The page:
Ex-CIA Official Says Some Torture Videotapes May Still Exist
A former CIA analyst’s account is the basis for a new legal filing from detainee Abu Zubaydah to retrieve any surviving tapes of his torture.
Some videotapes recording the torture of a CIA detainee may have survived the 2005 destruction facilitated by Donald Trump’s nominee to run the agency. That’s according to an ex-CIA analyst who reviewed massive amounts of internal CIA documentation about torture and said she was told by a colleague that some of the tapes survived.
The analyst’s assertions are the basis for a new motion filed in federal court by the legal team of tortured terror suspect Abu Zubaydah, whose waterboarding and other brutal interrogation was the subject of most of the 2002-era videos.
On Tuesday morning, an attorney for Abu Zubaydah, Joseph Margulies, requested a federal judge to permit the filing of a motion compelling the Office of the Director of National Intelligence to perform a search for the tapes and attest to the results of the search under oath. Should the tapes and related documents still indeed exist, the motion requests their immediate delivery to a court security officer.
“For years, the CIA told Petitioner and the rest of the world that it had destroyed the tapes of his torture,” Margulies writes. “We now know that a copy of the tapes likely exists. In this motion, we seek relief to correct this state of affairs.”
If any tapes still exist, their existence has implications for Gina Haspel’s potential CIA directorship. In November 2005, Haspel drafted a cable for her boss, clandestine-service chief Jose Rodriguez, ordering the destruction of the videotapes. For years Rodriguez had urged his superiors to destroy the tapes, out of a stated fear that the brutality depicted on them would inevitably leak and place the CIA interrogators, whose faces were supposedly visible on the recordings, in jeopardy.
The former CIA analyst does not have first-hand knowledge that the tapes survived. Her account comes from an April 2013 conversation with a CIA colleague who told her that some of Abu Zubaydah’s tapes still existed at the time of their discussion. Her colleague, whom The Daily Beast has not interviewed and whose identity The Daily Beast does not know, denied to investigators for Abu Zubaydah’s legal team any memory of telling the ex-analyst about the tapes.
But the now-retired analyst, Gail Helt, said she memorialized their conversation in a notebook she kept at the time, a copy of which The Daily Beast has seen. Haspel’s nomination has compelled her to disclose what she heard, Helt said.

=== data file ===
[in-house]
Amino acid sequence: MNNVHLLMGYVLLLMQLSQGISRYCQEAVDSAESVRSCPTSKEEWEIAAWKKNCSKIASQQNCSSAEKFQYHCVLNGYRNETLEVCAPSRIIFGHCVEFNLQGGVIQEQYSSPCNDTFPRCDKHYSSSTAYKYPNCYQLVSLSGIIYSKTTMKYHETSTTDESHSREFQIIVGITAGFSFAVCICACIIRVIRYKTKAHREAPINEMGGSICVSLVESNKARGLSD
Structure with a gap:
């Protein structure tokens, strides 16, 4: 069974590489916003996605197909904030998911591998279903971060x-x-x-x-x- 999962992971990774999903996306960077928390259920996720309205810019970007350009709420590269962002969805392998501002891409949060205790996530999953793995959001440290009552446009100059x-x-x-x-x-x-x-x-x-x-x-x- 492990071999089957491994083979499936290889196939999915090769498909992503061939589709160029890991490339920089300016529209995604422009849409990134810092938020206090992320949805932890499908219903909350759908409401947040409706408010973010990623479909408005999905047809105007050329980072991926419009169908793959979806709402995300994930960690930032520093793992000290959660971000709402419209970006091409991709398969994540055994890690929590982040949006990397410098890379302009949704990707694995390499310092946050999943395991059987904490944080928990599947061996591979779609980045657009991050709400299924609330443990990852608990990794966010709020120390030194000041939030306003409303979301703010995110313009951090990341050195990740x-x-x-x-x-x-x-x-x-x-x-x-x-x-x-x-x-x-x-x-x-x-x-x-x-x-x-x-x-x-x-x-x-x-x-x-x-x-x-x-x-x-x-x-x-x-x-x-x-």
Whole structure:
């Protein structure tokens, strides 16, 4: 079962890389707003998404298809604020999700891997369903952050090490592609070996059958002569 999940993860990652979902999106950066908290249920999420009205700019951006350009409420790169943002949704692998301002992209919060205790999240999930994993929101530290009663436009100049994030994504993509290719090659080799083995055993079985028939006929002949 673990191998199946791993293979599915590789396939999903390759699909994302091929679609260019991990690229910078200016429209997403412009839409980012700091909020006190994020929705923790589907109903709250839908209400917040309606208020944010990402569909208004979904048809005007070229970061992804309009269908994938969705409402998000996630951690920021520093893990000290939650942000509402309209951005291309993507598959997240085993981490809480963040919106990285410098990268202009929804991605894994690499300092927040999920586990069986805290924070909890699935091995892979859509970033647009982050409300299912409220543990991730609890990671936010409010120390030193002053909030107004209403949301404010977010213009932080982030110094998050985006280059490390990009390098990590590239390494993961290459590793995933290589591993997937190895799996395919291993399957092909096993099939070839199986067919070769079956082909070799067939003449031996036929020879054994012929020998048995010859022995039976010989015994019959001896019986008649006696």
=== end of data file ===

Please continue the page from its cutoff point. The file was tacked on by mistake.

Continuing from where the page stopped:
“I’m coming forward with this now because I feel very strongly this come to light due to the nomination of Ms. Haspel to run the agency,” said Helt, who has never told this story to the press before.
“If she is connected to this [torture] program, and I certainly believe she is, and these tapes exist, it’s in the public interest that we all know what the government has done and could potentially do again. That really concerns me.”
Haspel’s nomination hearing before the Senate intelligence committee is scheduled for May 9.
Helt understood that the Office of the Director of National Intelligence (ODNI) had received the surviving tapes years ago. But Brian Hale, a spokesperson for the office, denied knowledge of ODNI’s custody of any Abu Zubaydah videotapes, he told The Daily Beast.
“Your source is wrong,” said CIA spokesman Ryan Trapani.
Additionally, Helt, whose final years with the agency saw her tasked with reviewing internal CIA cables about its former black-site prisoners, said that she saw repeated instances of the agency inflating the threat Abu Zubaydah supposedly posed to the U.S. that were unsupported by the underlying cables. That first-hand account bolsters a central claim of the Senate committee’s 2014 torture report: that the CIA lied about the men in its custody.
The destruction of the tapes came despite the wishes of George W. Bush’s administration and hesitation from senior CIA attorneys. It was a watershed moment for oversight of post-9/11 torture, leading directly to a Justice Department special prosecutor’s investigation and the Senate intelligence committee’s landmark 2014 torture report. Ironically, destroying tapes of the brutal interrogations of both Abu Zubaydah and Abdul Rahim al-Nashiri led to additional disclosure of CIA torture.
Rodriguez, perhaps the CIA alumnus who defends torture most vigorously, was the central figure in the destruction of the tapes. As a self-appointed “chief operations officer” in CTC, who took over the center in May 2002, Rodriguez calls the program “legal, authorized, necessary and safe” in his 2011 memoir Hard Measures. There, he uses the cover name “Jane” to describe a “superstar” woman now known to be Haspel. Rodriguez “had her head one of our earliest ‘black sites,’” he writes, and “later she became my right arm as chief of staff when I led the clandestine service.”
Rodriguez assumed that position in November 2004. By then, he had already been pressing for two years to destroy 92 videotapes made at the Thailand black site that displayed the torture of Abu Zubaydah and Nashiri in 2002. The rationales for taping those early interrogations included, Rodriguez later wrote, showing that “if he died it wasn’t our fault.” But since the tapes showed interrogators’ faces, he and others at CIA had “serious safety concerns for the people depicted on the tapes and their families.” But Rodriguez said he received years of “hand-wringing and bureaucratic backpedaling” from CIA attorneys, including John Rizzo.